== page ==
Sustainability Initiatives

 

Grain crops being grown on a large-scale basis are generally not being selected for their carbon-producing efficiency per unit of area, and this efficiency is essential for building, maintaining, and preserving soil fertility.

In an increasingly desertified world, limited focus is being given to varieties which produce significant amounts of carbon and calories per unit of water used.

Grain and Grass Seed Conservancy

 

Erosion of Genetic Diversity: Grain and Grass Species

Biodiversity: Genetic Diversity
of Grain and Grasses

Grain and Grass Seed Conservancy International (In Development)

Up to 75% of the grain and grass cultivars in U.S. government seed banks reportedly do not germinate due to insufficient grow-outs of these varieties to ensure viability2. In addition, easy public access to information about these crops is limited. Grain and Grass Seed Conservancy International (GGSCI) is a new non-profit organization, the purposes of which parallel those of Seed Savers Exchange, but which operates in the area of grain and grass crops. With a foundation of expertise and knowledge from our grain and grass experts, the goal of GGSCI is four-fold:

Preserve crop biodiversity by saving over 60,000 varieties of grain and grass seeds in a seed bank and maintaining their viability through scheduled grow-outs.

To understand how these crops have been used traditionally, in order to better inform farmers and breeders about potential uses in growing, marketing and hybridization.

To make these seeds and the information about them available to researchers, breeders, farmers, and the general public through a web site with a database, and through seed sales.

To train interns, and to facilitate similar programs in seed-saving, research and information sharing around the world. This will include
the development and production of two educational videos about this work—a PBS-TV special for the general public and a “how-to” video to facilitate the setting-up of similar organizations.


The difference between GGSCI and other seed banks lies in regeneration, documentation, and access policies:

Regeneration: GGSCI will have the expertise and manpower necessary to maintain seed vigor by planting and growing fresh stock for all varieties in a timely manner, in living soil where microbial populations are carefully nurtured; growing seed stock in soils that are pure and uncontaminated by chemical fertilizers, herbicides and pesticides will insure that the seed stock is strong, healthy and adaptable, and can grow well without reliance on artificial additives.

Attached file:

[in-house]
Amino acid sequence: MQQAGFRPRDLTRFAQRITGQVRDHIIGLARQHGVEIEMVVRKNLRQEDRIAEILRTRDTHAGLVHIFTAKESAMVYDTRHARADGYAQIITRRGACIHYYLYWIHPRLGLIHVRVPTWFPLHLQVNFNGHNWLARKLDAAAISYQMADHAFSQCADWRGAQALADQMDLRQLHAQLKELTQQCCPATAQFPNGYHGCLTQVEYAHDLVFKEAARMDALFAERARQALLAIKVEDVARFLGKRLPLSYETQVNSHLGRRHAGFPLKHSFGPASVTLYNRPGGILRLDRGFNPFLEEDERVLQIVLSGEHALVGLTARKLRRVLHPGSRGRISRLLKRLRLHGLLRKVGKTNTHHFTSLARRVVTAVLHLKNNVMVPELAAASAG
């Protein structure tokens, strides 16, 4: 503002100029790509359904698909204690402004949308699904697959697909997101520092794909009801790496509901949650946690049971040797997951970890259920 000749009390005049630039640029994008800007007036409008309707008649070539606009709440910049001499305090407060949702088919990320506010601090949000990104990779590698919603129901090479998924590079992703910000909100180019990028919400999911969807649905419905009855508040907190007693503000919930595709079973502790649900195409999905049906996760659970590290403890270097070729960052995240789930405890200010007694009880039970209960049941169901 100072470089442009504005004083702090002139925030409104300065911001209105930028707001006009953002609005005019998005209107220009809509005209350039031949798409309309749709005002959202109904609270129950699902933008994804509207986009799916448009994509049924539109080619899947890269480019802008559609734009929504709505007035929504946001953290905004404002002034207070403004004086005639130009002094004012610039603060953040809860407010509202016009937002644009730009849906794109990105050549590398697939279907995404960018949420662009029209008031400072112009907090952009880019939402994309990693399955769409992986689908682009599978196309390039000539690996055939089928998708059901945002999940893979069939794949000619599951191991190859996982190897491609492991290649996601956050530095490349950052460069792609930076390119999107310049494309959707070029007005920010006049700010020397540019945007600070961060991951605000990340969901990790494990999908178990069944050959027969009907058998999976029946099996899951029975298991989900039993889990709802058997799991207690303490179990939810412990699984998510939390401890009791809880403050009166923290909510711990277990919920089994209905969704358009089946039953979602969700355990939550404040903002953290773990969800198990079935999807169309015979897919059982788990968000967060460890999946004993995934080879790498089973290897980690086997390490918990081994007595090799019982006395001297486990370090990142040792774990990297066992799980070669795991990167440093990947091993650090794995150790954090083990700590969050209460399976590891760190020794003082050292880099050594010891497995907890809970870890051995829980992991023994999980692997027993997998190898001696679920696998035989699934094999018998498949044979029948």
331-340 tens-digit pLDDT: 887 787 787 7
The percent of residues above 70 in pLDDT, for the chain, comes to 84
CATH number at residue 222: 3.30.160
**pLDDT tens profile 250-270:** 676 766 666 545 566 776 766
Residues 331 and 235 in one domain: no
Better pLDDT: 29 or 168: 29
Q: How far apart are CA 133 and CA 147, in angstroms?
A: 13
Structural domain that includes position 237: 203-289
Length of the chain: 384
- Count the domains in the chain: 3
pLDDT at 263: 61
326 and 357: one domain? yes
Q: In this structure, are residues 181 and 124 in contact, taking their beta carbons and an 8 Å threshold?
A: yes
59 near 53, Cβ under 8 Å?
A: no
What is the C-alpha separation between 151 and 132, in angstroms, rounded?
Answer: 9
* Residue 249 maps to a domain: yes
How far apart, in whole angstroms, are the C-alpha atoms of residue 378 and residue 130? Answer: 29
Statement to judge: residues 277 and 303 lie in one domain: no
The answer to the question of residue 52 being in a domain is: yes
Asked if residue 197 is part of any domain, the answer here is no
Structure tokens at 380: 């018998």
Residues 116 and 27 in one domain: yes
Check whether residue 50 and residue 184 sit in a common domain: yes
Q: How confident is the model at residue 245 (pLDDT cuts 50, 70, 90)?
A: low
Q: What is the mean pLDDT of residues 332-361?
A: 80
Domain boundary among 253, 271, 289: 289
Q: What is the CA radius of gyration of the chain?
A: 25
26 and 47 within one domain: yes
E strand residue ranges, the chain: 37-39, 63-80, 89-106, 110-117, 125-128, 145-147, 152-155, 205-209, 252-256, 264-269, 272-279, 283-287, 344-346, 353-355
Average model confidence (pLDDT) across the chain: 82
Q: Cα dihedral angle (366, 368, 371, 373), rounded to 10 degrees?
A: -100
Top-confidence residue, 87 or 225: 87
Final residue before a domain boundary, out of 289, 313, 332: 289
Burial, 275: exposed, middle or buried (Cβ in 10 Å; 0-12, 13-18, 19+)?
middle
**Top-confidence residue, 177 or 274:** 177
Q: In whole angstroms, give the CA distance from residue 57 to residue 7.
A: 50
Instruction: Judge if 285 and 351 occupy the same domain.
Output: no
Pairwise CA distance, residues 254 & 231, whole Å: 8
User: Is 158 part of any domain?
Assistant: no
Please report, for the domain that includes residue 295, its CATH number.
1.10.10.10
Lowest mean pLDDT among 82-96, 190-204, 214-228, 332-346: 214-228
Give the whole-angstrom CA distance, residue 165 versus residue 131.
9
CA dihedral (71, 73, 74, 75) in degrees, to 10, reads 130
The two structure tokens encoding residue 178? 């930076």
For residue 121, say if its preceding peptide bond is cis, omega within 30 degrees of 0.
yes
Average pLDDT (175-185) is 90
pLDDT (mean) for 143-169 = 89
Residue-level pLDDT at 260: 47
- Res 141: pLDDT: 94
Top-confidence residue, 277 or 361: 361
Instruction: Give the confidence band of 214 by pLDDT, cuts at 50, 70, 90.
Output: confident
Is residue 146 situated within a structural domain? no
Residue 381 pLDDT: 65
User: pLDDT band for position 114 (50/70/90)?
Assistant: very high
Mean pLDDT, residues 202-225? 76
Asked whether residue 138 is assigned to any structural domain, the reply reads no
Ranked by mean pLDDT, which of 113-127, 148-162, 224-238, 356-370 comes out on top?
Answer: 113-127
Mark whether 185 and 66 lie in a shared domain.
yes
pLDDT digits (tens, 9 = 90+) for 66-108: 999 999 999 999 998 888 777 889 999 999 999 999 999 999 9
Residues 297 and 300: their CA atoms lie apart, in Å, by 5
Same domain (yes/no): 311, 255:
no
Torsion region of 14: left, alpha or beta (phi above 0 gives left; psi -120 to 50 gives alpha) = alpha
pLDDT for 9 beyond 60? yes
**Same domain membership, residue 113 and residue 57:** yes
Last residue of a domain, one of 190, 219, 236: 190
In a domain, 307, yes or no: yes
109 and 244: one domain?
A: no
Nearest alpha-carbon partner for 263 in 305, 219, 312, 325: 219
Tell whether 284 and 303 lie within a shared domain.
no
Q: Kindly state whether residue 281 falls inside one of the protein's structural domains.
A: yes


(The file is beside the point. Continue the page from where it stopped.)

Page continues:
Documentation: GGSCI will not only store and maintain its seeds, it will also meticulously document information about them that will assist farmers and researchers to better understand their history, characteristics, and potential uses. This documentation will be available online, via a searchable database.

Access: While seed banks provide an insurance policy against species loss, it is also important to encourage the public to plant and use the varieties, creating a myriad of “mini-banks” in the form of living gardens. GGSCI will maintain an “open door” policy, welcoming and encouraging the public to request and use the seeds and the information about them, creating a pool of informed users who will increase the functioning populations the species they plant. While researchers and professionals will also have access to the GGSCI seed bank, a scientific credential will not be a prerequisite for access to the seeds or the database.

Grain & Grass Seed Conservation

• Detailed proposal available.

Initiative 1 Initiative 2 Initiative 3 Initiative 4
Initiative 5 Initiative 6 Initiative 7 Initiative 8

2 Raeburn, Paul. The Last Harvest: The Genetic Gamble That Threatens to Destroy American Agriculture. NY Simon $ Shuster, 1995 pp 84-87

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